Benjamin Howells was first elected to the Robert Schalkenbach Foundation board in June 1999, and he served until June 2010. Ben was well-liked by both the board and staff members of RSF, and only stepped down from the board upon having fulfilled the mandatory term limit of nine consecutive years.
Ben provided a positive, wise, and reconciling influence in RSF board deliberations, and at times found himself in the role of peacemaker. He often quoted, and acted on, a motto adopted by the Moravian and Presbyterian churches: In Essentials Unity, In Non-Essentials Liberty, In All Things Charity. One had a sense that Ben lived his life according to this motto.
Ben’s devotion to economic justice and the tax reforms advocated by Henry George went back several decades before he joined the Foundation. In 1970-71, he served on the Mayor of Allentown’s advisory committee on tax reform. He became keenly interested in land value taxation. He was elected five times to the Allentown City Council, and was several times the President. Before the end of his fifth term in 1991, he resigned from City Council to become the City of Allentown Municipal Planner, in which position he served until 1994.
Early in his tenure on City Council, he puts together a proposal authorizing two-rate property taxation, which would allow the city to lower or even abolish the tax rate on building and improvement values while taxing land values at a separate if not higher rate. The Council passed the authorization seven times, only to have it vetoed by the Mayor.
In 1994, the Council requested and the electorate approved a charter reform commission. The commission added two-rate taxation to the charter, which was passed by the electorate in 1995. The Fairgrounds Association, the largest holder of vacant land in Allentown, challenged the charter amendment by running a referendum, which was defeated. We all witnessed increased economic activity in Allentown after the charter amendment went into effect.
In addition to his work for civic reform, Ben was trained in engineering and physics, and worked for Bell Labs for 30 years, retiring in 1990. The work of the Foundation benefitted greatly from Ben’s retirement years, which he devoted so strongly to our shared mission.
Ben passed away at age 86 leaving his wife, Ellen, three children and two grandchildren. Our condolences go out to his family and friends. Ben was greatly loved and admired by his Robert Schalkenbach Foundation colleagues, and his noble, kind, and generous spirit will be greatly missed by all of us who had the privilege of serving with him.
Ted Gwartney, President
Robert Schalkenbach Foundation
From The Allentown Morning Call
PDF of the News Paper page
Benjamin Howells, an Allentown councilman for nearly two decades, died Tuesday April 4th 2017 in the afternoon at his city home. He was 86.
Howells, a Democrat, was a fixture on Allentown City Council from 1973 to 1992, when he was an advocate for the city’s land-value tax and helped to write the city’s Historic Preservation District ordinance. Howells served two separate terms as council president.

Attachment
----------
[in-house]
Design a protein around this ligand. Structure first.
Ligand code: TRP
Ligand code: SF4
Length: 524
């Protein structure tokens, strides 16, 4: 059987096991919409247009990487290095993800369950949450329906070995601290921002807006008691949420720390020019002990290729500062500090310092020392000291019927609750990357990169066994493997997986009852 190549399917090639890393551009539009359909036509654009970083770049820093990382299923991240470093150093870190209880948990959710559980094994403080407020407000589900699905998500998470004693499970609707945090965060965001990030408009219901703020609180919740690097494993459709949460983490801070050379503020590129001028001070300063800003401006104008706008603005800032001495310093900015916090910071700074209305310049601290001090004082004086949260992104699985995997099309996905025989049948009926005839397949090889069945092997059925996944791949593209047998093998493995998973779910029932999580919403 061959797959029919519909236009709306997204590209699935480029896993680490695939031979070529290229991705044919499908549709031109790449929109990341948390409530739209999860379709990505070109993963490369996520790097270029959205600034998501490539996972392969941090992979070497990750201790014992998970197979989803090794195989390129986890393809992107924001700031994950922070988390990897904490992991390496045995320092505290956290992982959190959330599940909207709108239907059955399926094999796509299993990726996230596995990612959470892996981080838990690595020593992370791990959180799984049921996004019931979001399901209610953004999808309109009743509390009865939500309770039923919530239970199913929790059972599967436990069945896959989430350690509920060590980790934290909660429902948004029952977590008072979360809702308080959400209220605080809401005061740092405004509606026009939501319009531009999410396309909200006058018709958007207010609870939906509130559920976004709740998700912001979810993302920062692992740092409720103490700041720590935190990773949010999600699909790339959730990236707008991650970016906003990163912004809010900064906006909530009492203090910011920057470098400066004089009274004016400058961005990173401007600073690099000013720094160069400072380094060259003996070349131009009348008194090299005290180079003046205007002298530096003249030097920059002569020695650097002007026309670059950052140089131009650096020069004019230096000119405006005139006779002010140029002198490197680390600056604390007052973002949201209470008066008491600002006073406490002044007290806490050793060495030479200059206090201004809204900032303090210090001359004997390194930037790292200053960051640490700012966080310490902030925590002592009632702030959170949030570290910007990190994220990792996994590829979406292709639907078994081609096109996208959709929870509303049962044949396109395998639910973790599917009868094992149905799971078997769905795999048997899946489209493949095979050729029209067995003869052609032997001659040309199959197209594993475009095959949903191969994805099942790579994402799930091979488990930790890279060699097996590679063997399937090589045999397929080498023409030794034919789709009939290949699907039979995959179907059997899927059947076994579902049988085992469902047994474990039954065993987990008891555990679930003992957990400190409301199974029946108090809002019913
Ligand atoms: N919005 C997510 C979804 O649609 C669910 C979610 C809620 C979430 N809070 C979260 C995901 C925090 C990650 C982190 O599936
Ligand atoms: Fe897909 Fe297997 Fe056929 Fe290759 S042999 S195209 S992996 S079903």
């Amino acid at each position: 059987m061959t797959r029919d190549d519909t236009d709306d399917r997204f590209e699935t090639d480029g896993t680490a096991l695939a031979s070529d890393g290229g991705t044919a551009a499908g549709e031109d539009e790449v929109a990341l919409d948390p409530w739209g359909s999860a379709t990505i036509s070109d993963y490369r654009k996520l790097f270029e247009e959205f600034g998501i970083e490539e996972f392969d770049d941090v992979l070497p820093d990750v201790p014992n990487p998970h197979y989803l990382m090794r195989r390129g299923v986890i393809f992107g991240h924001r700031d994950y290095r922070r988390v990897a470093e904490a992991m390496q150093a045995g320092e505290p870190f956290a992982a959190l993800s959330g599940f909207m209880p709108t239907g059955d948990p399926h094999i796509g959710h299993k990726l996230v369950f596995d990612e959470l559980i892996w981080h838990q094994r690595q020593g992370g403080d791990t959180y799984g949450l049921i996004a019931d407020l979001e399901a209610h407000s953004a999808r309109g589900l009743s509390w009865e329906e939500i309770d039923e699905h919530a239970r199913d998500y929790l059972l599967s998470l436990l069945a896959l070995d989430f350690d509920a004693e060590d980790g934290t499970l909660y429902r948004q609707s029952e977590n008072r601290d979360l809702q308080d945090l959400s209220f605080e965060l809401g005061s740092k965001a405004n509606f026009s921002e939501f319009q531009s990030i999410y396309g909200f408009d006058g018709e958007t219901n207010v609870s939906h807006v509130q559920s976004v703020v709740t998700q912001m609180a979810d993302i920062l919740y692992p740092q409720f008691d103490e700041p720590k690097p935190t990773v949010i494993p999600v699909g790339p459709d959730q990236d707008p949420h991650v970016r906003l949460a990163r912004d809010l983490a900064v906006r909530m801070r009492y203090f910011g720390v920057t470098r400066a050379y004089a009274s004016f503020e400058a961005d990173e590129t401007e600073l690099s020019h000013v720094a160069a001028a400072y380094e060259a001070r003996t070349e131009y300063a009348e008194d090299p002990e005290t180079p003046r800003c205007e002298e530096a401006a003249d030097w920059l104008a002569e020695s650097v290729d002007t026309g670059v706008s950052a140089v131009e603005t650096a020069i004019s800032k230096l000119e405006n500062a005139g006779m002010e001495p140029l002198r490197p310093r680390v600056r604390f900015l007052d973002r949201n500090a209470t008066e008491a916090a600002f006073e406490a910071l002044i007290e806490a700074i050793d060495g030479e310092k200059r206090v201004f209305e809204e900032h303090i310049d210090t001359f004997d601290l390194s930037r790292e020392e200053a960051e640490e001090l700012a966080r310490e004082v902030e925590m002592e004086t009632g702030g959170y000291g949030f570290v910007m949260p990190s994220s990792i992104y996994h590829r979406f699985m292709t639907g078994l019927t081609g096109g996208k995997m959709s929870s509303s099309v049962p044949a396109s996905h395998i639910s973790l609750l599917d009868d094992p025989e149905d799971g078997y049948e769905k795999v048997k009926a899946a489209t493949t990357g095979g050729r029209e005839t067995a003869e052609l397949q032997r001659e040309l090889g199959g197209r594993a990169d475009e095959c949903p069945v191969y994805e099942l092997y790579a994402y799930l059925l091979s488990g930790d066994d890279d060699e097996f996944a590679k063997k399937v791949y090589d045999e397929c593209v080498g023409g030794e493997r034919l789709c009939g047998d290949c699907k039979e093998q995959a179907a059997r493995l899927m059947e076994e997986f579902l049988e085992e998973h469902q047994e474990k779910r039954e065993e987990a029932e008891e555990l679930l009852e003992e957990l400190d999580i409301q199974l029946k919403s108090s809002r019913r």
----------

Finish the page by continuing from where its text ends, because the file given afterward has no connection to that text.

“He was a Renaissance man,” his daughter Leslie Howells of Seattle said Friday. “He was a man of lifelong curiosity and service, and a kind man.”
At the same time he held public office, Howells worked at AT&T Bell Laboratories in Allentown. He retired from Bell Labs in 1990 as a senior technician.
In August 1992, Howells left City Council after his fifth consecutive term to take a job as city planner under Democratic Mayor Joseph Daddona’s administration. Critics claimed Howells took the job to boost his city pension but Howells dismissed the idea. He was removed from the post in April 1994 by Republican Mayor Bill Heydt.
Howells was a member of the Pennsylvania League of Cities for 17 years, serving terms as treasurer and vice president. He was also a member of the National League of Cities. Howells served at least 12 years on the Lehigh Valley Planning Commission and four years on the city Planning Commission.
He was active with what is now the Greater Lehigh Valley Chamber of Commerce, the Allentown Redevelopment Authority, the Allentown Housing Authority and the Allentown Economic Development Corp. He also was a member of the Schalkenbach Foundation, a tax reform think tank in New York City.
In 1999, Howells made a failed bid for Lehigh County commissioner, running on a platform that was critical of what he called a reliance on a “good-old-boy network.”
Born in upstate New York, Howells moved with his family and grew up in the Nanticoke and Wilkes-Barre area of Luzerne County. According to his daughter Leslie, he obtained a pilot’s license when he was 16, before he had a driver’s license.
He was a graduate of Nanticoke High School and Penn State University. He served a short time in the Army in the early 1950s.
Howells is survived by his wife of 59 years, Ellen (Morris) Howells; three children, Allen, Leslie and Sarah; and four grandchilden.
Funeral services will be private. A public memorial service is planned, but no date has been chosen. Information on the memorial service will be available from the family at firstname.lastname@example.org.